Book review: Online life is a bug in the world of ‘Startup’

Heather Scott Partington

Three stars

Startup By Doree Shafrir, $26.

Doree Shafrir, senior culture writer at Buzzfeed, has written a novel of manners for the digital age. Startup could be called Pride and Prejudice and Tech Bros; Shafrir turns a sharp eye on the culture of techy startups and their unspoken moral codes. Startup follows two couples—Dan, a late-30s editor of a tech website, and his wife Sabrina, who runs the social media for a mindfulness app; and Mack, the CEO of the app, and Isabel, who is Sabrina’s supervisor. Socialization and work are entwined hopelessly in what seems like an accurate portrayal of the many startups that have cropped up on each coast. Employees work in open spaces, and work blends into evenings out, drinks after work and group pole-dancing classes. Shafrir underscores the cultural differences between generations, highlighting how a single decade means the difference between Dan and Sabrina’s experience on the cusp of technology, and that of those younger, who have grown up with the certainty of the Internet.

Startup mostly works, when it’s not being cumbersome listing each technological interruption in its characters’ lives. Shafrir integrates the daily dings and pings that interrupt our days, but at times it feels more like a catalog than a central tenet of the story. Shafrir’s work drips with relevant irony referencing the cultural, racial and sexual politics of companies that bloom and die like wildflowers. She writes that these CEOs “donated money to charities started by their friends [who] taught underprivileged kids how to code but voted against raising taxes to make those kids’ schools better,” and one character tries to bring awareness about identity to the tech industry by using technology to co-opt a different identity. This isn’t bold, defiant satire, but the kind that highlights the thousand natural shocks of human interaction.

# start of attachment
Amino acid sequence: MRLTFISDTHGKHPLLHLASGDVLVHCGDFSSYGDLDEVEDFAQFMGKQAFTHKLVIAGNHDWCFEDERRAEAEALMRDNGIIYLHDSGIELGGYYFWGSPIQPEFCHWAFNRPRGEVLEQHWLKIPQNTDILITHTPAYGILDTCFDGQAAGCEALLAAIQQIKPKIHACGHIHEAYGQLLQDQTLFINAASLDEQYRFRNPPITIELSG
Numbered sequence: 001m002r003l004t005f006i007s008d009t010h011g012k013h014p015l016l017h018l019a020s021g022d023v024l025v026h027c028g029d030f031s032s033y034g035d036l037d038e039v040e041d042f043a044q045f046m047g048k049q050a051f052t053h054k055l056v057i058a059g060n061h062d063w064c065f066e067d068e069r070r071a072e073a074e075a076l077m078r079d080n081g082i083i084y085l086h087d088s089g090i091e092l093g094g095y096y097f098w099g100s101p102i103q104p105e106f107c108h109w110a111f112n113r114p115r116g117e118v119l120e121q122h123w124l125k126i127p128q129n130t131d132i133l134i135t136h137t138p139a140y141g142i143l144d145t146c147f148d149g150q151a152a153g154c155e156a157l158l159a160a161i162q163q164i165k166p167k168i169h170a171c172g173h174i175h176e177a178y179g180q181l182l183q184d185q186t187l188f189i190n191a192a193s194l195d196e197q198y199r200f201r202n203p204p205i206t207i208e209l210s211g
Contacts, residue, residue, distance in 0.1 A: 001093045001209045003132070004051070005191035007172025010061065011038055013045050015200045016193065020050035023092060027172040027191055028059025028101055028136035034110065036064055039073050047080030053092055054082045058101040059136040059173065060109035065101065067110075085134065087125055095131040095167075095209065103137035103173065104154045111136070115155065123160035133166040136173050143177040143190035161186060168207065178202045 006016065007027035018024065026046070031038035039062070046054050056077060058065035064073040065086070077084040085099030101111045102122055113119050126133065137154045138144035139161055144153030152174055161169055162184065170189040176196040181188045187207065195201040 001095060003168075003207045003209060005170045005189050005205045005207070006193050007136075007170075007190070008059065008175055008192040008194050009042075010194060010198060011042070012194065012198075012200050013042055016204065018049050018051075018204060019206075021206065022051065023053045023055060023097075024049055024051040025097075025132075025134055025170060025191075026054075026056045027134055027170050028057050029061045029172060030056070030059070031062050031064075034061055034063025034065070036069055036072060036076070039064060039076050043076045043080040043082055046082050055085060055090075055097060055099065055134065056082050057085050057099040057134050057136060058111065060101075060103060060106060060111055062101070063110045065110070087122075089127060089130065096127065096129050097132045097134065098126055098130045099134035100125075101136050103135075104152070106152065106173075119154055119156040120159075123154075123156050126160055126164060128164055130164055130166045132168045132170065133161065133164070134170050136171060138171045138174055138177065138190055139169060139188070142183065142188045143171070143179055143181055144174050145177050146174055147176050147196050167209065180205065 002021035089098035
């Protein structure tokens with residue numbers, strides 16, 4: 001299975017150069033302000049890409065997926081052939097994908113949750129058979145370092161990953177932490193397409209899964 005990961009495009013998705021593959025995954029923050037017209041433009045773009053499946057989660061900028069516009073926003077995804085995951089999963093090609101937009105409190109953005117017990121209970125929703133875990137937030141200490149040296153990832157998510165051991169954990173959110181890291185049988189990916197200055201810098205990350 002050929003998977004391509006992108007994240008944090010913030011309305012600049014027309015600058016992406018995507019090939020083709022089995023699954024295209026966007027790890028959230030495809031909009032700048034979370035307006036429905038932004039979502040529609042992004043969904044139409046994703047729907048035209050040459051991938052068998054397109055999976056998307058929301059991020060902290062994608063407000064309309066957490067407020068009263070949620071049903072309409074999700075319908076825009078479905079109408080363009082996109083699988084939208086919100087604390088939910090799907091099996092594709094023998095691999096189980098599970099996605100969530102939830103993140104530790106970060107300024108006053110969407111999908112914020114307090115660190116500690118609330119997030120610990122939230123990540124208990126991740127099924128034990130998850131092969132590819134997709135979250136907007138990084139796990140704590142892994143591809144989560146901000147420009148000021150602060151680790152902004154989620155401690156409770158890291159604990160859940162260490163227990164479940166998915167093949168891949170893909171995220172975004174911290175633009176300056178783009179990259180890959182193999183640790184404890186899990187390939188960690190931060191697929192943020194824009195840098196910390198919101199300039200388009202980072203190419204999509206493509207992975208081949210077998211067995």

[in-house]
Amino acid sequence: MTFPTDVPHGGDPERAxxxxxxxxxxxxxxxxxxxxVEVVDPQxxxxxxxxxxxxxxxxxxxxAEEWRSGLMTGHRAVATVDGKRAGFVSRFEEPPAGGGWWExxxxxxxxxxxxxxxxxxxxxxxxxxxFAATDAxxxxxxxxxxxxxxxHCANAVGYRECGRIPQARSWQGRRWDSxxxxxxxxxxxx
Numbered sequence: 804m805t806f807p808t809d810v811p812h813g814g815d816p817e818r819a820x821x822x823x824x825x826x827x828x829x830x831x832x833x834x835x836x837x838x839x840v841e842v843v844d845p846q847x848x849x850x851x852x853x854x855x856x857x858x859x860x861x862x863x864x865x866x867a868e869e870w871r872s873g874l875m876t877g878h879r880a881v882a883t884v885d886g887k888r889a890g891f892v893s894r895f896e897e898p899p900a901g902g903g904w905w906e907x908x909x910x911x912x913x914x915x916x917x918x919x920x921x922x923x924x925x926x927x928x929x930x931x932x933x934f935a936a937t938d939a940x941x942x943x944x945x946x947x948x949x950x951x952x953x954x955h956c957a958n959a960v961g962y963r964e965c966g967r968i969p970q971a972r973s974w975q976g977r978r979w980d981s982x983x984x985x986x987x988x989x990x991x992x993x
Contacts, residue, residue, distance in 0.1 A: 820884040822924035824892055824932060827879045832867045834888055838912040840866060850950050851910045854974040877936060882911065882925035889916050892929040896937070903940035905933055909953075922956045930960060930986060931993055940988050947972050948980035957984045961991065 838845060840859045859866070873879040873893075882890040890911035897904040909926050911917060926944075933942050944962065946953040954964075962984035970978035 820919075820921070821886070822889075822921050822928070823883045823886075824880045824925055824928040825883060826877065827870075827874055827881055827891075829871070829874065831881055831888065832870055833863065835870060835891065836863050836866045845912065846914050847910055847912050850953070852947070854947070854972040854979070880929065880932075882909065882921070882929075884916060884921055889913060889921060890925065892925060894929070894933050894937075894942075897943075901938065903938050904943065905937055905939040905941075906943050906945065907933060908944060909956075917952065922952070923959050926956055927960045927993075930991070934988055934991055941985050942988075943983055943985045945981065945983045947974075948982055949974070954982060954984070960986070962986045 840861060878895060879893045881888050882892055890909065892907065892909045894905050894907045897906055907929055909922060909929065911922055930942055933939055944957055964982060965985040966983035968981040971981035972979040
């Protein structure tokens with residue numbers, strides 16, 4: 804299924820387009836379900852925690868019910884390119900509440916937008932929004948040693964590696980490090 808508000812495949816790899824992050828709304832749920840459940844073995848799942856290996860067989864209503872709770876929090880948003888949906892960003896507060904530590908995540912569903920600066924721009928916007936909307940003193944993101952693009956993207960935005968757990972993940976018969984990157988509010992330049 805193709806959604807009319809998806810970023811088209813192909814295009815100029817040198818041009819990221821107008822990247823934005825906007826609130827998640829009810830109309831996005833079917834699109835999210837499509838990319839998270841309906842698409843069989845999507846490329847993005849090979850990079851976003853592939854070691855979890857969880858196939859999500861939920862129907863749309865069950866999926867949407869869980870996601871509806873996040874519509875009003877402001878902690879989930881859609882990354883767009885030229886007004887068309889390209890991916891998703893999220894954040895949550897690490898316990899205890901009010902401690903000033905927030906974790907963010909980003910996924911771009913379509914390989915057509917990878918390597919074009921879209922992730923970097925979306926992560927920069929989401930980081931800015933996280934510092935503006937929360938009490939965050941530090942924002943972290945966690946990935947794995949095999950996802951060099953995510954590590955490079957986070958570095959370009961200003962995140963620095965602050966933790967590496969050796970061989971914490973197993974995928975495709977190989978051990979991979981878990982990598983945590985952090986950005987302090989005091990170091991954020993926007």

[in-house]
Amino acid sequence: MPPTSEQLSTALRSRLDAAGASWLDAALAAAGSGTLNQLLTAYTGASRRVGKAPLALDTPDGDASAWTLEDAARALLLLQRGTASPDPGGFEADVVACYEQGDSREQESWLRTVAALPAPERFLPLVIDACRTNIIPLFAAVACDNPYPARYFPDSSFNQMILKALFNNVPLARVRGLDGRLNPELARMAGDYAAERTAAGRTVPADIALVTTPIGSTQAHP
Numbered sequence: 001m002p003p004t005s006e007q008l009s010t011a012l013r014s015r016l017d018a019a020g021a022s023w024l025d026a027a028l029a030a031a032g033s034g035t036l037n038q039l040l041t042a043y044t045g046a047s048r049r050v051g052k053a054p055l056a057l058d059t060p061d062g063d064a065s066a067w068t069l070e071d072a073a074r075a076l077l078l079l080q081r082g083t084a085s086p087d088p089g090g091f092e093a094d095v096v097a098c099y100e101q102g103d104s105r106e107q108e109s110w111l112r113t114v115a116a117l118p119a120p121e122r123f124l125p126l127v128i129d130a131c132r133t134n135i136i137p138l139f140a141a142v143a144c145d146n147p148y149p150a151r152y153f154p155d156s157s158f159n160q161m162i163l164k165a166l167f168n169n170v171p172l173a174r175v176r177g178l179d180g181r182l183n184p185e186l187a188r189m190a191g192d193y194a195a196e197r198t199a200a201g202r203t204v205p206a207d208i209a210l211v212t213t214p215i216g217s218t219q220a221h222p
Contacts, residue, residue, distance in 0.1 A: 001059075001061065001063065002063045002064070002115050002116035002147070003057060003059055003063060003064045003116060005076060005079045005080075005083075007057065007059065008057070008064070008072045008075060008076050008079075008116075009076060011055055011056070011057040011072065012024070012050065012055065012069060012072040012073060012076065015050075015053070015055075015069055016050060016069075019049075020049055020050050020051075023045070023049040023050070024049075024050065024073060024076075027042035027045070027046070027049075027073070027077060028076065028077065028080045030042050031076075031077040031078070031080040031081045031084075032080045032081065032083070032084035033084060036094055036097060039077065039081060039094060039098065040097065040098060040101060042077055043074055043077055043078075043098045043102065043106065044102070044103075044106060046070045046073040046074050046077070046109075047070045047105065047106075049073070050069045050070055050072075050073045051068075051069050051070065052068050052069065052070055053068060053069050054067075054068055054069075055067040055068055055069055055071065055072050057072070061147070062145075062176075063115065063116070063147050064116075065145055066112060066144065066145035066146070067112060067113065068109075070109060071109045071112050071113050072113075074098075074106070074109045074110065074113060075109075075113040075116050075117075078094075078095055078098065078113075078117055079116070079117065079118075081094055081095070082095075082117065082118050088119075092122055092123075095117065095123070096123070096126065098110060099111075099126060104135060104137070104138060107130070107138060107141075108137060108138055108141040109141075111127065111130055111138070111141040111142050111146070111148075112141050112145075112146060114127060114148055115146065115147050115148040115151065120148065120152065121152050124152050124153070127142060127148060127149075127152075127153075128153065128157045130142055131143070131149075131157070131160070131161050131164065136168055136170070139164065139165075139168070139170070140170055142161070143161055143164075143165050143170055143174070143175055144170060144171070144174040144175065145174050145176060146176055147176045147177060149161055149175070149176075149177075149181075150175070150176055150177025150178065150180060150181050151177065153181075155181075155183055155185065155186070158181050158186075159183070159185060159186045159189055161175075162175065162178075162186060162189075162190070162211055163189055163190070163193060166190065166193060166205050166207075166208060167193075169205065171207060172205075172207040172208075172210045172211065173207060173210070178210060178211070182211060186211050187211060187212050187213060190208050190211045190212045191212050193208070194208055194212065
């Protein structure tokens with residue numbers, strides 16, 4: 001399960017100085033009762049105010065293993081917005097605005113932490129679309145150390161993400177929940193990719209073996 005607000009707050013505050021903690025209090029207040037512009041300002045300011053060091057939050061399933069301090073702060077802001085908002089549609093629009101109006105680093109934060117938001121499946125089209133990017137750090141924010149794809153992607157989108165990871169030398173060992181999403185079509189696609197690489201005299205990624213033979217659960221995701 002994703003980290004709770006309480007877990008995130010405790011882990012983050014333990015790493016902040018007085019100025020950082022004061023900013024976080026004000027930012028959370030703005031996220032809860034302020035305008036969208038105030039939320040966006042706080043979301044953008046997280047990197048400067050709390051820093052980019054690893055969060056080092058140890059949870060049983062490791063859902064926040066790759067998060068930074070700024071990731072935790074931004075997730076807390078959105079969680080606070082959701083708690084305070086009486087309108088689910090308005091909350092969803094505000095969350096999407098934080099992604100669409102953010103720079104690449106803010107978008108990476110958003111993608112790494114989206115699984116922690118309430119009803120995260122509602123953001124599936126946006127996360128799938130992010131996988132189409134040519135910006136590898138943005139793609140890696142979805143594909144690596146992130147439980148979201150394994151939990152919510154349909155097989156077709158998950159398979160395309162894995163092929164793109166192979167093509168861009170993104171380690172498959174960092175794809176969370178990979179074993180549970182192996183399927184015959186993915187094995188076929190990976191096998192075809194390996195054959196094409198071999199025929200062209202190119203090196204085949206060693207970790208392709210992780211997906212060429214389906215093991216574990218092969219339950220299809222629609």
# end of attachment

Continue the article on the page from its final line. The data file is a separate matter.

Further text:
Shafrir understands that “people just [want] to feel special. They [want] to feel like you [see] them,” which is our social media addiction in a nutshell. Her characters get themselves into the most trouble when they chase this desire to be seen outside the bounds of their own marriages, good sense and basic workplace norms that are no longer givens. “I wish someone had told me that hooking up with the founder of your company was a bad idea,” one character laments. Shafrir makes it clear that such social entanglements are part of learning on the job.

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